Then read F*ck Feelings (Bennett & Bennett), but only take half of it to heart.  These two books are somewhat contradictory, but the idea that our feelings don’t matter is what I want you to take from here.  Internalize the practical advice.  Sometimes folks are diagnosed with depression or anxiety, but that’s no excuse for a life half-lived.  Learn your condition’s limits, find all the tools to mitigate them, and lead your best life.  Some people get hit by curveballs like rape, abuse, divorce, etc.  Every one of these situations can knock us on our ass.  It’s on us to stand back up and find the tools we need to make it through.

Next, read Antifragile (Taleb).  You want to embody this concept.  Don’t be fragile and break when life hits you.  Don’t be resilient either – ‘bouncing back’ to the same as you were before is useless.  Be antifragile.  Actively grow when you’re presented with challenges.  Get stronger when you get hit.  It’s the only way to move forward.

Then figure out what tools you need to be successful.  There is a massive amount of information available for free online, already tested by incredible people.  Look through this blog and the Resources page.  Email me if you need specific suggestions.  Ask Google really good questions.  The tools are out there, but no one knows what you need except yourself.

Now, take mindset out of the equation.  Get rid of “should.”  Turn it into “did.”  You should go to the gym?  No, you DID go to the gym.  Life shouldn’t be this hard?  Guess what?

Life IS this hard.  Now what are you going to do about it?

Your feelings don’t matter.  Do the hard work and your feelings will change.  If you feel like a failure, stop failing.  Start learning.  Learn how to win.  How do you feel now?

If you see yourself as an overweight blob, rejoice in the gift you’ve been given – a problem you can solve with hard work!  If you’re clinically depressed, dig into the solutions available to you.  Try the meds.  Learn about gratitude.  Get exercise.  Learn about your body.  Dig into neurochemistry.  Talk to good doctors.  Remove yourself from draining people/situations.  There are always solutions, but it’s up to you to find them.

Build yourself.  Gather your tools.  Stop making excuses.

You’ve got one life.

Lean in.

Why Jocko Willink is My Favorite Optimist

“Jocko Willink is one of the scariest human beings imaginable.”

Tim Ferriss

If you search the internet for information about Jocko Willink, you’ll find that he is almost fetishized in his badass, tough-as-nails persona.  The man is a mountain of grit.  After a 20 year career as a U.S. Navy SEAL he transitioned into civilian life, bringing his intense focus and experience with him.  He currently runs Echelon Front, a leadership development consulting company, with fellow former SEAL Leif Babin.  Together they published the book Extreme Ownership: How U.S. Navy SEALs Lead and Win.  Willink’s straightforward, ownership-fueled approach to life has earned him the title of My Favorite Optimist.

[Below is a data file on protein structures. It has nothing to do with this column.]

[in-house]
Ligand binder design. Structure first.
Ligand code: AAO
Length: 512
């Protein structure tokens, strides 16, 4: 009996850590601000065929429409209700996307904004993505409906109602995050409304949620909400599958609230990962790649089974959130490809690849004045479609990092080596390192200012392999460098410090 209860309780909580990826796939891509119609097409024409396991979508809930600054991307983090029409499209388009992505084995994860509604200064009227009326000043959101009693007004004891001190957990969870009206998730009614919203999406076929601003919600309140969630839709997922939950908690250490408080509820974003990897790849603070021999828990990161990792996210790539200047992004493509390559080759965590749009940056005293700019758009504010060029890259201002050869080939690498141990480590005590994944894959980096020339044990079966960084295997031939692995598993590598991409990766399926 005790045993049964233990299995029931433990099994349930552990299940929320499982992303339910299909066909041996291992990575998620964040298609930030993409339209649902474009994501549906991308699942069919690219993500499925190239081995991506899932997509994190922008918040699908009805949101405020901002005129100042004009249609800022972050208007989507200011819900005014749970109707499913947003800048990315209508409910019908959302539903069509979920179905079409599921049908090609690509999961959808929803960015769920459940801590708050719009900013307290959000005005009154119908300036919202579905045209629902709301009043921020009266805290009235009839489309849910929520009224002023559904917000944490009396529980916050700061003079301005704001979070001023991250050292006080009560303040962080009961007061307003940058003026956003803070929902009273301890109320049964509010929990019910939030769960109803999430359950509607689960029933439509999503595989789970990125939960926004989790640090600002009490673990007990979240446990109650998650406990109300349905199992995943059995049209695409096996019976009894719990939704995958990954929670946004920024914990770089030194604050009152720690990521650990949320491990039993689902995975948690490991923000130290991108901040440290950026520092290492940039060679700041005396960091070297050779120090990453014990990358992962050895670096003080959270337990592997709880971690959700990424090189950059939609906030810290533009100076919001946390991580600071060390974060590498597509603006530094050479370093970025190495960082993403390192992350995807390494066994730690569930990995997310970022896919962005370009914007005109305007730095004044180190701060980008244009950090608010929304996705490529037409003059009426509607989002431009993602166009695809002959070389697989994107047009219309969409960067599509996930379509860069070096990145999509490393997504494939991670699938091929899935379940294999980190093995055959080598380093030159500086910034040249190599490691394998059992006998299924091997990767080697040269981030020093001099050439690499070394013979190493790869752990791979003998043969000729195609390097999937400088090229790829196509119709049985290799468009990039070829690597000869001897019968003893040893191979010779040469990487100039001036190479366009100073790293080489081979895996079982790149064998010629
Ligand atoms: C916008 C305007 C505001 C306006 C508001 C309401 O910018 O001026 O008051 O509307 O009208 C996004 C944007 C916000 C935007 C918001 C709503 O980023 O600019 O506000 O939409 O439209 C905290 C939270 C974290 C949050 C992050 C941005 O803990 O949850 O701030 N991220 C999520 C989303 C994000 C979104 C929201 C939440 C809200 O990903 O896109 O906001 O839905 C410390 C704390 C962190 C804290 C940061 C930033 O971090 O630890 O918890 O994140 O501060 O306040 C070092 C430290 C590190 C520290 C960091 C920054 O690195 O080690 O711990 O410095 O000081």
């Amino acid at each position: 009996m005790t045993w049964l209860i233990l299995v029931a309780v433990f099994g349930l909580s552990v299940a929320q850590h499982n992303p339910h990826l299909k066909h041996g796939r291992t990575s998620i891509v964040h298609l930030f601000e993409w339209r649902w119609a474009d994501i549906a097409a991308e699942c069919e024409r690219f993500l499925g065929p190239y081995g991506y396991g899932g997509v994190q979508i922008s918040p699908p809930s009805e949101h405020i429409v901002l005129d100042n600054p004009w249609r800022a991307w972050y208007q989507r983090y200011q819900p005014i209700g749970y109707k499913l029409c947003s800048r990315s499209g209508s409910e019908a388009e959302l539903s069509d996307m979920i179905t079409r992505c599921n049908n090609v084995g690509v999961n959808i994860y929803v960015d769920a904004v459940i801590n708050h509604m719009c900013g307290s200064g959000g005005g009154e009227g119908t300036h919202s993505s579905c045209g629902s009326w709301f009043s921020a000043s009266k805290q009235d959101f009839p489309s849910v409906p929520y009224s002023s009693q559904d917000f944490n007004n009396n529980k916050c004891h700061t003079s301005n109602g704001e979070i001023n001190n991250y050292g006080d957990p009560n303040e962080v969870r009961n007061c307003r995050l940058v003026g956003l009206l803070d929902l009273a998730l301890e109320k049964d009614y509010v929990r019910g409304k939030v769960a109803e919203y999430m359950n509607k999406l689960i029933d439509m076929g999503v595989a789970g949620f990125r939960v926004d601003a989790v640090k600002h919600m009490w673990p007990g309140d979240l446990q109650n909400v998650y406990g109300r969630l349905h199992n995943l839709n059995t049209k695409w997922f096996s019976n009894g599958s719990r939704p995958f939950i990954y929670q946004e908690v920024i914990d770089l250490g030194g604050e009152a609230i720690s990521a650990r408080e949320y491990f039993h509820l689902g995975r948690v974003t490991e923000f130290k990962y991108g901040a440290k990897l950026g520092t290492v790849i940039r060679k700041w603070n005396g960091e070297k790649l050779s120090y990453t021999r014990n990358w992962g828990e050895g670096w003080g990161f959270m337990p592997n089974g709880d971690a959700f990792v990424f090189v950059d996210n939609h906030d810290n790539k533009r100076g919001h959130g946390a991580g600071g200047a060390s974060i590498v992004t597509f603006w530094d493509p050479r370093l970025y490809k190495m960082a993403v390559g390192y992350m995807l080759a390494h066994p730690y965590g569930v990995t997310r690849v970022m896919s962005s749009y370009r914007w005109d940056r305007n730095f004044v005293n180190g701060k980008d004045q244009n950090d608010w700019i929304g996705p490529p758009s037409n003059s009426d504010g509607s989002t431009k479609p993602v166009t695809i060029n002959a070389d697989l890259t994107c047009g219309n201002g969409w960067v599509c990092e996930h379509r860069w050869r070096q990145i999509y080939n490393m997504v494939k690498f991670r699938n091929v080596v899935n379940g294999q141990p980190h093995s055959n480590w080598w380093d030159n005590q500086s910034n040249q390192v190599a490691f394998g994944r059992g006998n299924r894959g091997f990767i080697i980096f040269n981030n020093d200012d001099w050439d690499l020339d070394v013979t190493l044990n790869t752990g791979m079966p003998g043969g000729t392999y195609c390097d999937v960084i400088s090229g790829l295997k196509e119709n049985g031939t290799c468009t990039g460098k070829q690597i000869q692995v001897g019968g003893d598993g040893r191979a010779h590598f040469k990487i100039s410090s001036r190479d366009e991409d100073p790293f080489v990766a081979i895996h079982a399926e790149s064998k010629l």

This is a man who can get himself through anything and knows it.


He also knows that you can get yourself through anything.  Wife left you?  Family member died?  Lost your job?


According to Willink, every situation you’ve been through in life and every one you’ll encounter in the future is a good thing.  It is an opportunity – and this isn’t some silver lining mumbo jumbo.  Every bad thing that happens to you is a chance to stand back up and get some.

As I’ve said a million times before, if you tilt your perspective the right way you’ll see the whole damn cloud is made of gold.

How, though?

It comes down to one thing: remaining open to possibility when you are in pain.

As Paul Zak says in The Moral Molecule, “It turns out the brain processes social pain exactly as if it were physical pain.”  Social pain is equivalent to emotional pain, and as we already know, pain is an indicator that something is wrong.

Pain is a neon arrow lighting up in your brain, and it’s pointing to your next project.


The wonderful thing about Extreme Ownership is that it is a thorough account of how everything in your life is your fault.  An example from my own life: when I was transferred to another territory in a job without my permission or previous knowledge, it was 100% my fault.  I walked into a staff meeting, completely unaware that my life was about to change, and my manager announced that I would be taking over a territory 90+ minutes from my home.  This was the first I’d heard of this change.

At the time, I was furious.  This meant chronic back and neck pain from an additional 10 hours a week in traffic.  I lost hours every week with my son, due to the commute.  It also meant that the relationships I had spent several years building with my clients in my existing territory were to be hucked in the garbage, and I had to start over entirely.